Brazil is hardly a scientific backwater. The Brazilian government became serious about science several decades ago, and as the Brazilian economy has expanded -- especially over the last 10 or 12 years -- the government has increased support for science even more. According to an article in Science, in 2010 Brazil had moved up to 13th in the list of countries with the most scientific publications. (In the most recent data, they seem to have dropped back to number 14.)
But all is not sun and sandy beaches: Scientists say Brazil has long suffered from an excess of bureaucracy. Quoted in another article in Science, from 2004, Stevens Kastrup Rehen, a professor at the Federal University of Rio de Janeiro, says, “To give you an idea of how bureaucratic the process is, an electrophoresis apparatus that I ordered as an undergraduate was held up by customs until the end of my Ph.D.”
Another problem -- hardly unique to Brazil -- is an uneven geographic distribution in the support for science, and the economic and social benefits that come from it. Brazil's scientific wealth is concentrated in the south and southwest, especially in the two big cities, São Paulo and Rio de Janeiro.
But lately that distribution has improved -- first, because Brazil’s strong economy has allowed added support for science and, second, because of shifts in the government's priorities. Today, nearly 30% of the country's research funds are directed to institutions in the northern and western states. Another big chunk of cash is being spent on the expansion of the region’s educational institutions. Scores of academic jobs have been created on the region’s federal campuses.
This package of stories, this introduction and the three related profiles linked below, is part of an experimental series in which a location is chosen at random -- actually using Google Maps and a random-coordinate generator -- to explore what it's like to do science there. Our first random excursion took us to Namibia. Our latest attempt landed us (after a couple of nautical excursions) at Latitude -5.88388, Longitude -35.20612, near Natal in northeastern Brazil; while small by São Paulo standards, greater Natal is home to more than a million people.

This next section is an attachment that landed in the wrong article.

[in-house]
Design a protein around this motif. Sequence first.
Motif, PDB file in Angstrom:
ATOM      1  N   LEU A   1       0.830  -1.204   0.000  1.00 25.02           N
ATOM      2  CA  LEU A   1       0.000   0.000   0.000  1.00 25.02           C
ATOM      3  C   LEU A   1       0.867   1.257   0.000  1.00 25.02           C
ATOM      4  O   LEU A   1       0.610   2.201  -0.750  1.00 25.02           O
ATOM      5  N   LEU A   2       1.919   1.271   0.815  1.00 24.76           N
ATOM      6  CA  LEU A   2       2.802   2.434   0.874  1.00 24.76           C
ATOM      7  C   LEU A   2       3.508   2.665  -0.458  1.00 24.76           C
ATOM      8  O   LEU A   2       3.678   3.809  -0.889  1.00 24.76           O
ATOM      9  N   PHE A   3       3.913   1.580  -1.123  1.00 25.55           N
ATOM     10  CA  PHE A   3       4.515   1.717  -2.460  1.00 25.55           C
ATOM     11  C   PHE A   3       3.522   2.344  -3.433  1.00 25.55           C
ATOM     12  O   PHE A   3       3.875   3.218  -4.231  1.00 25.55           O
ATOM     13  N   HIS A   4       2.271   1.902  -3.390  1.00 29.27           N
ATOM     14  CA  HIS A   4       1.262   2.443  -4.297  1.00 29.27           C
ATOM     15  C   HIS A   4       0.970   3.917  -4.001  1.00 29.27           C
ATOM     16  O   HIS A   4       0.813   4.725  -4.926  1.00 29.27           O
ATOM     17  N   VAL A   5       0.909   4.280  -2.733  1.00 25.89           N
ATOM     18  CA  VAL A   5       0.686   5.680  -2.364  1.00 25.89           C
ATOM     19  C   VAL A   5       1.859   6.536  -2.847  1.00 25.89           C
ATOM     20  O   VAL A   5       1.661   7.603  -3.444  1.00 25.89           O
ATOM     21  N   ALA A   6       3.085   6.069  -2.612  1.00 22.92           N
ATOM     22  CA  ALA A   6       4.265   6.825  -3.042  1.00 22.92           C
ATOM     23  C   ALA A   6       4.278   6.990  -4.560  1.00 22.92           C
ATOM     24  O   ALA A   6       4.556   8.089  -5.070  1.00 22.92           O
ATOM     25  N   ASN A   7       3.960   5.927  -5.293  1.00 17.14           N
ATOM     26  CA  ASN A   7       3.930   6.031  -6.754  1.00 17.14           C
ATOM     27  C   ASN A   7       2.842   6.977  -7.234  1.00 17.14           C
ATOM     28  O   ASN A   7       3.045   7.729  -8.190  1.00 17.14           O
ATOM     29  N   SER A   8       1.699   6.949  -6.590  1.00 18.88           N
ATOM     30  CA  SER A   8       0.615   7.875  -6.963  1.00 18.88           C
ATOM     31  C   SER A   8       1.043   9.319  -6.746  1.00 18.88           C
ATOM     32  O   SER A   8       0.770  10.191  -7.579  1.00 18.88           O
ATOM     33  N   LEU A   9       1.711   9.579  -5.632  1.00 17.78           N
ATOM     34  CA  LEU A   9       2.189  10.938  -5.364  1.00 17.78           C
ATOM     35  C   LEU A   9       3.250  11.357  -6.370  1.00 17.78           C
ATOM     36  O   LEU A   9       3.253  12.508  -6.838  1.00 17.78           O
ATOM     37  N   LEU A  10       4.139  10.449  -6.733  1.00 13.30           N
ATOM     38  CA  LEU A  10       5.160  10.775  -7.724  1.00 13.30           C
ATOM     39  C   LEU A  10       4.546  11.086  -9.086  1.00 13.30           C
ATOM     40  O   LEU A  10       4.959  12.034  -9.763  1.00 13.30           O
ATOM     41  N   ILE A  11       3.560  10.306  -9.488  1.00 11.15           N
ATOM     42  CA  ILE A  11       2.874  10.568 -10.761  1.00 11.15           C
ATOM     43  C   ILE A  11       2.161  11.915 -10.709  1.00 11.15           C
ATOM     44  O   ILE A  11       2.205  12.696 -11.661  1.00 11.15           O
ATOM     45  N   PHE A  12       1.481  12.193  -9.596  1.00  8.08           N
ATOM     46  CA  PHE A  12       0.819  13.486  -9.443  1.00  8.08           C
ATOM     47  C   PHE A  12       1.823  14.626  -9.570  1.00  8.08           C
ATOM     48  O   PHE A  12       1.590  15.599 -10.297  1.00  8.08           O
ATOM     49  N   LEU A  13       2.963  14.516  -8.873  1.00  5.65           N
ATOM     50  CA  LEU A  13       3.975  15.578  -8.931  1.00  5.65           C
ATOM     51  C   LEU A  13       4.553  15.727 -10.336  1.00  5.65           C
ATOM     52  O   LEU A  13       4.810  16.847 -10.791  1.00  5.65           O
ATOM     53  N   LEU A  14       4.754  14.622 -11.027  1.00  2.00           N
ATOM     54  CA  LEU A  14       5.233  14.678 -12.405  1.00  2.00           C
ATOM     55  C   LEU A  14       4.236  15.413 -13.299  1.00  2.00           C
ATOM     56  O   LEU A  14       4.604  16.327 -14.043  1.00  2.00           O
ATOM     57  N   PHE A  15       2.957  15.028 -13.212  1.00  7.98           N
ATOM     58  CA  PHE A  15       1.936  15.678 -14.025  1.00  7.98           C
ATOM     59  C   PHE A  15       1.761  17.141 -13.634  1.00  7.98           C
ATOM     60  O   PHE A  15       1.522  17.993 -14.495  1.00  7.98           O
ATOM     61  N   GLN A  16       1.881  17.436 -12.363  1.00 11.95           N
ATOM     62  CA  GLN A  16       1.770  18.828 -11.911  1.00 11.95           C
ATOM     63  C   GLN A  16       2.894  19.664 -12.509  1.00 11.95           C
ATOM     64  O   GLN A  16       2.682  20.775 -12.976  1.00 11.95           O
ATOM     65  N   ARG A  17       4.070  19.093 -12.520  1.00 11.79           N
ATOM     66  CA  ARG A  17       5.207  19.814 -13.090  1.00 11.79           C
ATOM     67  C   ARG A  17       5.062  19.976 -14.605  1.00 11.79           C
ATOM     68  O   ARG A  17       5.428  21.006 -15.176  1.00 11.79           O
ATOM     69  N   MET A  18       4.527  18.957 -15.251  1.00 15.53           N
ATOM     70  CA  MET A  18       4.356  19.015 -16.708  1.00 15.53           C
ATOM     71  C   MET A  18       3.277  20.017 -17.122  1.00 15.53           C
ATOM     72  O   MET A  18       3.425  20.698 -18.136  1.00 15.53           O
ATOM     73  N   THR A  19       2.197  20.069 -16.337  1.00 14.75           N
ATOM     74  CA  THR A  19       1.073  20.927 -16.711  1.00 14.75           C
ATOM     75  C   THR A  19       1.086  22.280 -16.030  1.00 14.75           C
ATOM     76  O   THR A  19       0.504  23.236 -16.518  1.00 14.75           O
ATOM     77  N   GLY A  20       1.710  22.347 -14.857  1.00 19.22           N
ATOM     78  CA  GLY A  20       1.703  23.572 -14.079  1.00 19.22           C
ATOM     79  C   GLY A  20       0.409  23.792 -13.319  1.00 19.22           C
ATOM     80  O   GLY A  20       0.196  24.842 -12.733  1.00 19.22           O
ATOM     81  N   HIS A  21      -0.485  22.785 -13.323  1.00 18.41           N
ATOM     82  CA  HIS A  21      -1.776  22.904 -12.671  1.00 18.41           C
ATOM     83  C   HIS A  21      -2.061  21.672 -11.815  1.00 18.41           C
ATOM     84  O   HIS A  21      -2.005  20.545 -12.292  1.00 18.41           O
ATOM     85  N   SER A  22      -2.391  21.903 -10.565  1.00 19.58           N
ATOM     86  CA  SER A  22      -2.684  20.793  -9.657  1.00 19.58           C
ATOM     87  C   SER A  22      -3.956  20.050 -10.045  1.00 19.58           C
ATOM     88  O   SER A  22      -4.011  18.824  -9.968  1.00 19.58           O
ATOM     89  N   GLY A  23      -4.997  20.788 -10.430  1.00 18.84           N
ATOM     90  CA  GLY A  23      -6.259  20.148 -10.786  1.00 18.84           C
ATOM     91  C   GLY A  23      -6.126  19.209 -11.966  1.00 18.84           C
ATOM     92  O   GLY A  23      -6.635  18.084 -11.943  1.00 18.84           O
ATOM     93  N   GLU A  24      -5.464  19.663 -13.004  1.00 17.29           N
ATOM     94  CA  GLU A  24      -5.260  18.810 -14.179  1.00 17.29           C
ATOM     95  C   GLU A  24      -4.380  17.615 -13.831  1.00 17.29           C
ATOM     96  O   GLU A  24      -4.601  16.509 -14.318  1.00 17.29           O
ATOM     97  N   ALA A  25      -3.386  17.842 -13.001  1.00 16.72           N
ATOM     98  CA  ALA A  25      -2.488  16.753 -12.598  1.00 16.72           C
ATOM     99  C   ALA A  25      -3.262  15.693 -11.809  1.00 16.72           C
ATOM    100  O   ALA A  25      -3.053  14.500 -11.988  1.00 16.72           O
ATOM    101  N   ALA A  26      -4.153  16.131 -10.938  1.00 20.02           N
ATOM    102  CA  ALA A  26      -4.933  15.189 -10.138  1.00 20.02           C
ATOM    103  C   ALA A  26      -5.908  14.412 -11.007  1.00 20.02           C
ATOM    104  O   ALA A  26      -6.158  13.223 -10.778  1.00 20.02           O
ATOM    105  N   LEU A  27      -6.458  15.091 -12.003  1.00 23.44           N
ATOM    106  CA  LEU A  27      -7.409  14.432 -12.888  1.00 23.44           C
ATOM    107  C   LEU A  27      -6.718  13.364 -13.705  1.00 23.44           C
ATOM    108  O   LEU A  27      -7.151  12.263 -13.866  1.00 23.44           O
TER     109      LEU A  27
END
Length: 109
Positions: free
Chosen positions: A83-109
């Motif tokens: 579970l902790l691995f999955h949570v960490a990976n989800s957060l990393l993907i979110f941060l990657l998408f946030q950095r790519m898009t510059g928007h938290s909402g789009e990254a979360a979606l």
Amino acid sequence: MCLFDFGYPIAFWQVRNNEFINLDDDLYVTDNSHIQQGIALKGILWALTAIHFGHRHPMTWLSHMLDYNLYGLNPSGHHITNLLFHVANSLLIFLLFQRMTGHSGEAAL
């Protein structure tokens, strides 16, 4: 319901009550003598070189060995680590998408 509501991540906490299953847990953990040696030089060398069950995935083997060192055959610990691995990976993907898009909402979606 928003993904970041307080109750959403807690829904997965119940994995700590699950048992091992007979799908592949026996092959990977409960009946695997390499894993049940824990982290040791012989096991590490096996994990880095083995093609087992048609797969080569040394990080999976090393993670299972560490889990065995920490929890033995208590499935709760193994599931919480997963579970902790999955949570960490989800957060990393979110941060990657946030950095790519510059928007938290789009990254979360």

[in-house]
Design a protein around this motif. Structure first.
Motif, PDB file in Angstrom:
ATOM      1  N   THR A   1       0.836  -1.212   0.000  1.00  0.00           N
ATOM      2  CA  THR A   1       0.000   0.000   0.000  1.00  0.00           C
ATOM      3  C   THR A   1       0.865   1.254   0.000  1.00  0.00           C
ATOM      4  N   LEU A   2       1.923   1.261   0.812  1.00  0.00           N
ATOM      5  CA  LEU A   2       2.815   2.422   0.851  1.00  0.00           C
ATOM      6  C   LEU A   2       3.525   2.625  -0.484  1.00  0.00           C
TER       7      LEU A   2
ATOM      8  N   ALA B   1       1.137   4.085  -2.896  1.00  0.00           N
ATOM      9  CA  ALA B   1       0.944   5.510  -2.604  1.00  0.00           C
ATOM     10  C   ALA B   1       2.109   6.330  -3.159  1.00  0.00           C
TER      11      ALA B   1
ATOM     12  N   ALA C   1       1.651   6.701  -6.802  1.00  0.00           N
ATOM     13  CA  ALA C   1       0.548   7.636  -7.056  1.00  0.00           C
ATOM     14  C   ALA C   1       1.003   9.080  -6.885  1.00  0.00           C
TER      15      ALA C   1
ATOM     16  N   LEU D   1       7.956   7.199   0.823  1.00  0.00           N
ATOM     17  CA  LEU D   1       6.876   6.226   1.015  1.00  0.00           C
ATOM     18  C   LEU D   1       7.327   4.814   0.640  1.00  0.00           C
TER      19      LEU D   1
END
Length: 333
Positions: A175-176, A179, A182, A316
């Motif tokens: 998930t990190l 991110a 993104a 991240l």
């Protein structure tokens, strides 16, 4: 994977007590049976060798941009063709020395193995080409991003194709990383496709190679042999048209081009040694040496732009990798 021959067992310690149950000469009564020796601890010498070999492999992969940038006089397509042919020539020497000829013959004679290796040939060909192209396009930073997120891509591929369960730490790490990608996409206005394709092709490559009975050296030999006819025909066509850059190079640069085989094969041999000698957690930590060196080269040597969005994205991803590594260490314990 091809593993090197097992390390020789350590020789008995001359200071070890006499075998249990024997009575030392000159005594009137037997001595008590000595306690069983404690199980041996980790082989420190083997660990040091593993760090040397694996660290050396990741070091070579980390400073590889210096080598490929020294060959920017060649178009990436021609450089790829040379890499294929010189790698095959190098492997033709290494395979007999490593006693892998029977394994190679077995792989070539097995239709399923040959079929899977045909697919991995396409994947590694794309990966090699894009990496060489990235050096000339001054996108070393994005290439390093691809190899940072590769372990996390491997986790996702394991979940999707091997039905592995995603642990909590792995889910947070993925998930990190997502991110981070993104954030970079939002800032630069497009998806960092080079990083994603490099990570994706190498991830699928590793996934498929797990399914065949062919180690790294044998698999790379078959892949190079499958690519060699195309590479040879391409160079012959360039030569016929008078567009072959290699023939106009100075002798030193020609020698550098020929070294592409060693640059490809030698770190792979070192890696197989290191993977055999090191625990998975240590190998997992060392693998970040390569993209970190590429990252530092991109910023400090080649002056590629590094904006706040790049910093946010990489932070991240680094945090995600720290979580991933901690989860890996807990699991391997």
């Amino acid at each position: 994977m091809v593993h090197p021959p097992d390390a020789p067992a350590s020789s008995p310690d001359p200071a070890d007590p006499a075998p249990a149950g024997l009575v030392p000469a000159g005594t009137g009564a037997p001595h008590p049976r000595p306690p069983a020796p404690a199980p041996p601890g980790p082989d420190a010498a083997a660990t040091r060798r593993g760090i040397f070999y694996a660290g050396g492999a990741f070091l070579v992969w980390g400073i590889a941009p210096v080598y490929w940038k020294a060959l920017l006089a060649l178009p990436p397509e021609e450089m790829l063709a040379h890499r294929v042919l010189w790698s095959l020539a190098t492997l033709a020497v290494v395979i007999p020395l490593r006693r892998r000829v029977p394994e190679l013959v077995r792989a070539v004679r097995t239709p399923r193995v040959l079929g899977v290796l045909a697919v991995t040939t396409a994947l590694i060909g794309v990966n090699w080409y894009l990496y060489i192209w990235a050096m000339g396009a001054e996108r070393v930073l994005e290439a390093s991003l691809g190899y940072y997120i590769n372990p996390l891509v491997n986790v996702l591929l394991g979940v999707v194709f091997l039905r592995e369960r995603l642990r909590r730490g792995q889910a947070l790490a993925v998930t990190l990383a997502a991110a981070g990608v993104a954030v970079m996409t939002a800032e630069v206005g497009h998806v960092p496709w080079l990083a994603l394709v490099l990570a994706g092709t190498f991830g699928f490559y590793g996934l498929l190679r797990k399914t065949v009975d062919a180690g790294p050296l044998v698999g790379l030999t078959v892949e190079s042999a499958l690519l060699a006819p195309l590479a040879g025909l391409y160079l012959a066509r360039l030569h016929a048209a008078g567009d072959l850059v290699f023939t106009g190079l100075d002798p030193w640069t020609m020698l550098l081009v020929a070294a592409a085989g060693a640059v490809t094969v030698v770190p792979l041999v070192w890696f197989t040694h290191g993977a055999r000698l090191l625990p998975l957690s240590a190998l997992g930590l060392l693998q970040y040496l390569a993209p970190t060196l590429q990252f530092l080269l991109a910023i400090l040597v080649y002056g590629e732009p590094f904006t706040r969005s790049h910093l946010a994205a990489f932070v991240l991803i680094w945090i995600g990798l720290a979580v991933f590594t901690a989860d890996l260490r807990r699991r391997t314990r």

Brazil's new investments and changing priorities have made this part of Brazil a far better place to do science than it used to be. But scientists working there say the bureaucracy and other inefficiencies that have long plagued the nation remain oppressive and difficult to navigate.
One such scientist is Selma Jeronimo, who started her research at Natal's Federal University of Rio Grande do Norte in the mid-1990s with “nearly nothing,” she says. The contrast in the scientific climate between then and now, she says, is “like night and day.” Yet, even as the money flows into her lab, Jeronimo’s progress is hampered by continuing inefficiencies that can keep her waiting months for the reagents she and her students need to carry out their studies on leishmaniasis and leprosy, both common diseases in northeastern Brazil.
Physicist Mauro Copelli, who studied in the United States and returned to Brazil years ago to start an independent career, says he spends much of his time -- time he'd rather be spending in the laboratory -- dealing with bureaucratic red tape. So he is working to help change state and federal laws that can slow everything from minor purchases to major hires.
In northeastern Brazil's scientific circles, neuroscientist Miguel Nicolelis is difficult to miss. Nicolelis made headlines a few years ago at Duke University with his science fiction–sounding experiments with primates and mind-controlled prosthetic limbs, and again when, a few years later, he set up a neuroscience institute in Natal. Nicolelis's ambition, partly realized, is to harness science to support social and economic development in the region.
The verdict: There's a lot of good science to be done in northeastern Brazil, and -- assuming you speak the language -- plenty of opportunity. But you have to be patient. Then again, if you want to change things for the better, you probably shouldn't be too patient: Better to press strategically for change, our sources say.
Susan Gaidos writes from near Portland, Maine.